The idea brings out the skeptic in many an optician. Almost 2/3 of respondents to an impromptu survey on this website said that they do less or no SV free-form yet dispense free-form progressives. I'm not sure why since there is probably a better opportunity to optimize single vision lenses using free-form technique and the vision of the wearer, than there is in progressives. Here's why I believe SV is the better opportunity and should be added to your toolbox.

The Problem
SV eyewear using finished stock lenses or spherical semi-finished lens blanks, deliver the same lens design (toric back curves) for every patient with the same Rx, regardless of the frame chosen. That creates small changes in the effective central Rx but larger  compromises to the vision in the lens periphery (anywhere away from center). In fact, many SV lenses have been made flatter for better cosmetics (less bulge) and that has further reduced peripheral clarity. Wasn't an issue in very small frames but just look at the frame sizes in 20-somethings, they're bigger now. Digitally enhanced, optimized SV lenses will almost always deliver a better edge to edge design for the Rx. In addition, the up charge for atorics and optimized SV lenses is less than progressives so the cost may be more acceptable to patients budgets and dispensers attitudes.

What do I recommend?
  1. For the very next Flat Top patient with more than 1D cyl, order an atoric lens. In fact, an atoric lens in SV, FT and traditional progressives works great. Patients will notice the difference in vision.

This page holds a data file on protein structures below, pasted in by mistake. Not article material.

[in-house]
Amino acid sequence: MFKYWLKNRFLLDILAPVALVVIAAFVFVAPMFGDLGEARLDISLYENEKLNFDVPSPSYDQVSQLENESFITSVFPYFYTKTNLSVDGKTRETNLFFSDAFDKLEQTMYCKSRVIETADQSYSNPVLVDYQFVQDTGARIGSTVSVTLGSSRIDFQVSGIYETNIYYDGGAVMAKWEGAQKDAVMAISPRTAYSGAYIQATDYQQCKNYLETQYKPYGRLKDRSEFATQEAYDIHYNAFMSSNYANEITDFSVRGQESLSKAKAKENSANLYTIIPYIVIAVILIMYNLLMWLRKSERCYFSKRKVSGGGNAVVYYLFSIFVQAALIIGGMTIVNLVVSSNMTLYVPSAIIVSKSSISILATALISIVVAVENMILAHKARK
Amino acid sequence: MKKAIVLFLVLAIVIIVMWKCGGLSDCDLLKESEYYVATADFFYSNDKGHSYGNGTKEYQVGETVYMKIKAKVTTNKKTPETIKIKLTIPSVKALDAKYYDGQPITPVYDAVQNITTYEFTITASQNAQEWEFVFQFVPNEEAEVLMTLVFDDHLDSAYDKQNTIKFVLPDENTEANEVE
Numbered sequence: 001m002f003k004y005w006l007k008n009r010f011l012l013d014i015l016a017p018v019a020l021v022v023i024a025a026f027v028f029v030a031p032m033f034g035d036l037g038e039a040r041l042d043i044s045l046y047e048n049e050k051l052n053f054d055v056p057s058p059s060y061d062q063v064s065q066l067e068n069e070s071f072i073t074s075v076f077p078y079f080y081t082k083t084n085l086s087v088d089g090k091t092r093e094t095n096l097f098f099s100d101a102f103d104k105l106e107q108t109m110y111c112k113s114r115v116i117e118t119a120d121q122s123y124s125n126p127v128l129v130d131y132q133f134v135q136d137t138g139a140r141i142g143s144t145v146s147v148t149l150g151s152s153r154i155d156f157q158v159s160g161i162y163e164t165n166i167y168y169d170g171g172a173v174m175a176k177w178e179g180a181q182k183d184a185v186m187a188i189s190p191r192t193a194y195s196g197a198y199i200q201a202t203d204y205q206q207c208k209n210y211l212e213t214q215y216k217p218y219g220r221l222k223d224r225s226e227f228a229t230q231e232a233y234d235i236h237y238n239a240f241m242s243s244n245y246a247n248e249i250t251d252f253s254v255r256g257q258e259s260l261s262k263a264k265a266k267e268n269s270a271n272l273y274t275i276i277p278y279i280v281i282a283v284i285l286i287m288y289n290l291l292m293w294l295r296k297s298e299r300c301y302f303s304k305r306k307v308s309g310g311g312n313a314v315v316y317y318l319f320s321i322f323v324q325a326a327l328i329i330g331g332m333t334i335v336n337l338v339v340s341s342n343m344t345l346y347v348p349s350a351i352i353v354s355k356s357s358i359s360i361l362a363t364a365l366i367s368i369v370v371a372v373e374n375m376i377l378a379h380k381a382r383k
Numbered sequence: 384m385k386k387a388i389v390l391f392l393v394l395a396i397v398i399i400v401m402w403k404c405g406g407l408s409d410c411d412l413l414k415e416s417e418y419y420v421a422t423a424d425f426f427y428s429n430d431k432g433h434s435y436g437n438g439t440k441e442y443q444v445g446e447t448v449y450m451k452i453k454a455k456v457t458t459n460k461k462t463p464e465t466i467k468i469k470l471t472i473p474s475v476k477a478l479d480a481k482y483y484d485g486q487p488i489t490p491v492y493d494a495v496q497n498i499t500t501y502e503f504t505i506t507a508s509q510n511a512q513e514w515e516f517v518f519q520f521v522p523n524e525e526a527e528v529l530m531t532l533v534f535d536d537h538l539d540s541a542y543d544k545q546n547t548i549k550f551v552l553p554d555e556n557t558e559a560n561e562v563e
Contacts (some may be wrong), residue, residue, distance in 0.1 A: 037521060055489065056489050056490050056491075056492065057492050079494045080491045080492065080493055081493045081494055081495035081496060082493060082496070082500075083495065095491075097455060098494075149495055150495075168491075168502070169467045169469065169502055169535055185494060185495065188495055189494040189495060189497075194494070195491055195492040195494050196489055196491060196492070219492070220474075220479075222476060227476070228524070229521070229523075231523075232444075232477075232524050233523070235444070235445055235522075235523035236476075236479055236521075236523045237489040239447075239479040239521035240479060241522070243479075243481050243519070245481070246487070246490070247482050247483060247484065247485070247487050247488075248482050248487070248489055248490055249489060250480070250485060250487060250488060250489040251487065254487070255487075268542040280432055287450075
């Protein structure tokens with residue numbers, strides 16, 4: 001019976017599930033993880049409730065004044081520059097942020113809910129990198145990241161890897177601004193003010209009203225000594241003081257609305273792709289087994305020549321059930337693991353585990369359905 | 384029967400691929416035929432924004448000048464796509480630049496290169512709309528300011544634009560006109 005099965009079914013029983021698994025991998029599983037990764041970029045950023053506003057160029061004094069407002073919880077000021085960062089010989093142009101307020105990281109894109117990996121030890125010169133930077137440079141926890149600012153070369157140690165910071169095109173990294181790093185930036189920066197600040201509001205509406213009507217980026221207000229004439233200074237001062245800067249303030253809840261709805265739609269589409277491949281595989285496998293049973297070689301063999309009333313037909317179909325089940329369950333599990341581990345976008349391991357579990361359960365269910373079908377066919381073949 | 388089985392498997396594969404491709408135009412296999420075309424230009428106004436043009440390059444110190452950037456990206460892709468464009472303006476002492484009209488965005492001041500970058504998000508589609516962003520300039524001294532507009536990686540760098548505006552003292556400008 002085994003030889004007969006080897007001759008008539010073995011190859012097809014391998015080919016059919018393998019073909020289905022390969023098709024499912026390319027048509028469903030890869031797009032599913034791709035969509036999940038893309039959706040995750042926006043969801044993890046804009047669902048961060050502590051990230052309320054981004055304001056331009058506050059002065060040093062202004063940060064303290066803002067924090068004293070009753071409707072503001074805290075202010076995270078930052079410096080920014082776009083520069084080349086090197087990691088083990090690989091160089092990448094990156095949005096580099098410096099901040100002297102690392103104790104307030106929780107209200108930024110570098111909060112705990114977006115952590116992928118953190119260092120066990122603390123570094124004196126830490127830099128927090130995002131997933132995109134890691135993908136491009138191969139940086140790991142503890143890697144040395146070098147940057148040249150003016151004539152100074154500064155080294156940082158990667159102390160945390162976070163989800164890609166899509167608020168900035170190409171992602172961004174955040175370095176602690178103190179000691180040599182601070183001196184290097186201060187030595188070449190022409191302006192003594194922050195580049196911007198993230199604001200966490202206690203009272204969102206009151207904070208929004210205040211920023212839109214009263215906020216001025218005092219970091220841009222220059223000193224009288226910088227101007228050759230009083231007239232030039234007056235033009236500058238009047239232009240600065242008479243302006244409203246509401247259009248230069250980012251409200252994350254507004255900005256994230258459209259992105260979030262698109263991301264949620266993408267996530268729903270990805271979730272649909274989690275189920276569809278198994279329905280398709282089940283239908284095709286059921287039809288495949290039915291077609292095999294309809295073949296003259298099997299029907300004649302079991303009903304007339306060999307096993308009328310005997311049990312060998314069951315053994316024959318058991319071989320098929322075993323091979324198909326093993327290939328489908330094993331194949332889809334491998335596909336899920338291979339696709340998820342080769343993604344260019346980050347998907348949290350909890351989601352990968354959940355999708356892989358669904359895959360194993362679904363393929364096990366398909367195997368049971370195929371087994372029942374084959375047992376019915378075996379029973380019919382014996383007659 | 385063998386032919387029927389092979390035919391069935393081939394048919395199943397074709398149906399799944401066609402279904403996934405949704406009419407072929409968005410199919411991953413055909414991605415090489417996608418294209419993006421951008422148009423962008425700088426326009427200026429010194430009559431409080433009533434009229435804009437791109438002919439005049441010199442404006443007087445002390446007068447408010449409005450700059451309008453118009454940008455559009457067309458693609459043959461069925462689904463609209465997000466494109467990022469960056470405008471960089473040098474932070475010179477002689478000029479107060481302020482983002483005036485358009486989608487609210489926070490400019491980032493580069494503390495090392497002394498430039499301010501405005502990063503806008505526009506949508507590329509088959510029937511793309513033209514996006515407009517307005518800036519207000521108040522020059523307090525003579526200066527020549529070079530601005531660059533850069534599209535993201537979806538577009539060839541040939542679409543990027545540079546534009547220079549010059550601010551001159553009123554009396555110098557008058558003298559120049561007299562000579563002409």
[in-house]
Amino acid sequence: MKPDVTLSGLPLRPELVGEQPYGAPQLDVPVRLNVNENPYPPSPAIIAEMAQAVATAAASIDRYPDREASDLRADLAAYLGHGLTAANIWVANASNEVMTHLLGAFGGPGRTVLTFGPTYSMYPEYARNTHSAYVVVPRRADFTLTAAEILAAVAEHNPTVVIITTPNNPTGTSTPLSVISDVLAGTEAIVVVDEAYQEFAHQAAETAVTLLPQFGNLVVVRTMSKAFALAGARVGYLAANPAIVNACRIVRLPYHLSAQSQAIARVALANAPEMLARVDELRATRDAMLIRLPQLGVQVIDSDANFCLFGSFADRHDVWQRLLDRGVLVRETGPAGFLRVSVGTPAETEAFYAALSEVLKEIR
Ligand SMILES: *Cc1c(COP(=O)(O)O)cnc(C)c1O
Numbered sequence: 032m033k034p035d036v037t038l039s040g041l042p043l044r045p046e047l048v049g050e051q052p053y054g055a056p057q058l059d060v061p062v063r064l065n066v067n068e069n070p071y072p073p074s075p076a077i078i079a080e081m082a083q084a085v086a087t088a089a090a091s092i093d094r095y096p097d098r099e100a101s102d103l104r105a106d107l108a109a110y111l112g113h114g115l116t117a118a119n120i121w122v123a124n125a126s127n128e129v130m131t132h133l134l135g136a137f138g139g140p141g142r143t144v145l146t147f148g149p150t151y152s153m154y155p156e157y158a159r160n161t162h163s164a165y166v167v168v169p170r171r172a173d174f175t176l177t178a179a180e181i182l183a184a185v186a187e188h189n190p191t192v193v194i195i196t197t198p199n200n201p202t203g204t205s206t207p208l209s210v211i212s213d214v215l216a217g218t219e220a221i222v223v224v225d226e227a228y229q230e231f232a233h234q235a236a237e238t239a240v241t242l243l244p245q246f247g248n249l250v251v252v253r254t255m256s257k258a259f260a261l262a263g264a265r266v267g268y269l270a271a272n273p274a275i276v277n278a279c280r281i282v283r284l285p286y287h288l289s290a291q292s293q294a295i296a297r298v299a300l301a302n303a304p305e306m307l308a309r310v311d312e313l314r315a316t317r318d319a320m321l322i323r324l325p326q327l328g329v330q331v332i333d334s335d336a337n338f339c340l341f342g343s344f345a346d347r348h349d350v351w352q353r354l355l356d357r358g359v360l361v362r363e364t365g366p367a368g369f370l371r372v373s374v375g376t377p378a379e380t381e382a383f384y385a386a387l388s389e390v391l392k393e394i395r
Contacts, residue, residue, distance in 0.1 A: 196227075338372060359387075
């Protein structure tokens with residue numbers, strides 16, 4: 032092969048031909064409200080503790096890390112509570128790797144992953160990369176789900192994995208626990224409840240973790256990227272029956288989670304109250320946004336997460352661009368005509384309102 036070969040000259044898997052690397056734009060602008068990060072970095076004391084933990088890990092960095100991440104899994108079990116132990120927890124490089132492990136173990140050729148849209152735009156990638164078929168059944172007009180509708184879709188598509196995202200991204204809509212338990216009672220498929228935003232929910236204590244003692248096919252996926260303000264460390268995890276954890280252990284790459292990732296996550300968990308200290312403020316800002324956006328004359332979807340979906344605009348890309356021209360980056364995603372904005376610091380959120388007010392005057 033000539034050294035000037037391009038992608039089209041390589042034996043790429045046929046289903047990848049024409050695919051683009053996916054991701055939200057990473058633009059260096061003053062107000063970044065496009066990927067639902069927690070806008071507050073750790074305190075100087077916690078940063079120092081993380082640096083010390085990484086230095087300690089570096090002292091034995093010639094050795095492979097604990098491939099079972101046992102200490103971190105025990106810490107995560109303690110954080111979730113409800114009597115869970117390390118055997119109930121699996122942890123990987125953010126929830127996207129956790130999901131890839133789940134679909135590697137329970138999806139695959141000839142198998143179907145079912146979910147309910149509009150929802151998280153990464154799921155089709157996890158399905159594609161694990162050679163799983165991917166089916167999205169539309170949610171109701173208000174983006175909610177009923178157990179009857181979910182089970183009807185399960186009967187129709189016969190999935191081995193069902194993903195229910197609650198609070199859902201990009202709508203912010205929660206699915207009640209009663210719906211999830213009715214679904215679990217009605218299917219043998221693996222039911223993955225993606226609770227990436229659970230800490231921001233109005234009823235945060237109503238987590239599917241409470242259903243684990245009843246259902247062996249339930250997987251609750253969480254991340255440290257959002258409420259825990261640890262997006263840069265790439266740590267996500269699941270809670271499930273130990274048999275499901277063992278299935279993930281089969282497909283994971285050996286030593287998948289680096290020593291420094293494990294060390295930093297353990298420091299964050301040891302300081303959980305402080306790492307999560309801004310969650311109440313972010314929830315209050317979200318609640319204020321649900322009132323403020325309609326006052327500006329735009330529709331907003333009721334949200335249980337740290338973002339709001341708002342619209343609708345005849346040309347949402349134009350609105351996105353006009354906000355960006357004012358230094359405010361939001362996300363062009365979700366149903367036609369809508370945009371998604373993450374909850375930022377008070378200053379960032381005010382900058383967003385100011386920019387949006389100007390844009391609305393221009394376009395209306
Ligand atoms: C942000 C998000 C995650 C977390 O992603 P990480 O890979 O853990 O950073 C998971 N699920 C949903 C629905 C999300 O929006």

2. For the next higher power and/or higher cyl patient, sell an optimized SV lens. The entire lens will be redesigned for that patient's Rx in the frame that they chose. To further refine the lens, consider taking and supplying your own tilt, wrap and vertex measurements.
  3. For patients with Rx's near plano, spend the extra money, for now, on a pair of Rx sunglasses.
Your Colleagues Say
Contact lens wearers are wearing their SV glasses more since they see as good as they do with their contacts. That means they also purchase better looking frames.

Free-form SV is still not an Internet eyewear product. A colleague had a patient request that he change the lenses in their glasses purchased online to those new digital lenses they had recently picked up.

Have an opinion on Free-form SV? Let me know.


Mark Mattison-Shupnick
Director, Education and Training